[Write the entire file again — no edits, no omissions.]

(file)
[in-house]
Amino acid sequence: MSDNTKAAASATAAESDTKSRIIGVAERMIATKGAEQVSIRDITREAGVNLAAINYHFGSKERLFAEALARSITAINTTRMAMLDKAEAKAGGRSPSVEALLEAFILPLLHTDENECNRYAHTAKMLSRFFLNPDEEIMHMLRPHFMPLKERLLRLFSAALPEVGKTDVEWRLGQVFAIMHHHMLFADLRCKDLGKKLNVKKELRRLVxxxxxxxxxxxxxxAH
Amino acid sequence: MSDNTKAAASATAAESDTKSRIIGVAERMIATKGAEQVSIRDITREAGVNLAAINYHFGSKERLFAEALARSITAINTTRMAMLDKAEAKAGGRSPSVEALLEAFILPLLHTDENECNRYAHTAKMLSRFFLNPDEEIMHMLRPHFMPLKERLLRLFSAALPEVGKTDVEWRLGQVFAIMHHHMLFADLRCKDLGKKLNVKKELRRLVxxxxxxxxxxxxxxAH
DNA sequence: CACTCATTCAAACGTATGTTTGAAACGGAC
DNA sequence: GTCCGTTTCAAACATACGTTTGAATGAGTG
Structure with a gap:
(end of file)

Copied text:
[in-house]
Amino acid sequence: MSDNTKAAASATAAESDTKSRIIGVAERMIATKGAEQVSIRDITREAGVNLAAINYHFGSKERLFAEALARSITAINTTRMAMLDKAEAKAGGRSPSVEALLEAFILPLLHTDENECNRYAHTAKMLSRFFLNPDEEIMHMLRPHFMPLKERLLRLFSAALPEVGKTDVEWRLGQVFAIMHHHMLFADLRCKDLGKKLNVKKELRRLVxxxxxxxxxxxxxxAH
Amino acid sequence: MSDNTKAAASATAAESDTKSRIIGVAERMIATKGAEQVSIRDITREAGVNLAAINYHFGSKERLFAEALARSITAINTTRMAMLDKAEAKAGGRSPSVEALLEAFILPLLHTDENECNRYAHTAKMLSRFFLNPDEEIMHMLRPHFMPLKERLLRLFSAALPEVGKTDVEWRLGQVFAIMHHHMLFADLRCKDLGKKLNVKKELRRLVxxxxxxxxxxxxxxAH
DNA sequence: CACTCATTCAAACGTATGTTTGAAACGGAC
DNA sequence: GTCCGTTTCAAACATACGTTTGAATGAGTG
Structure with a gap: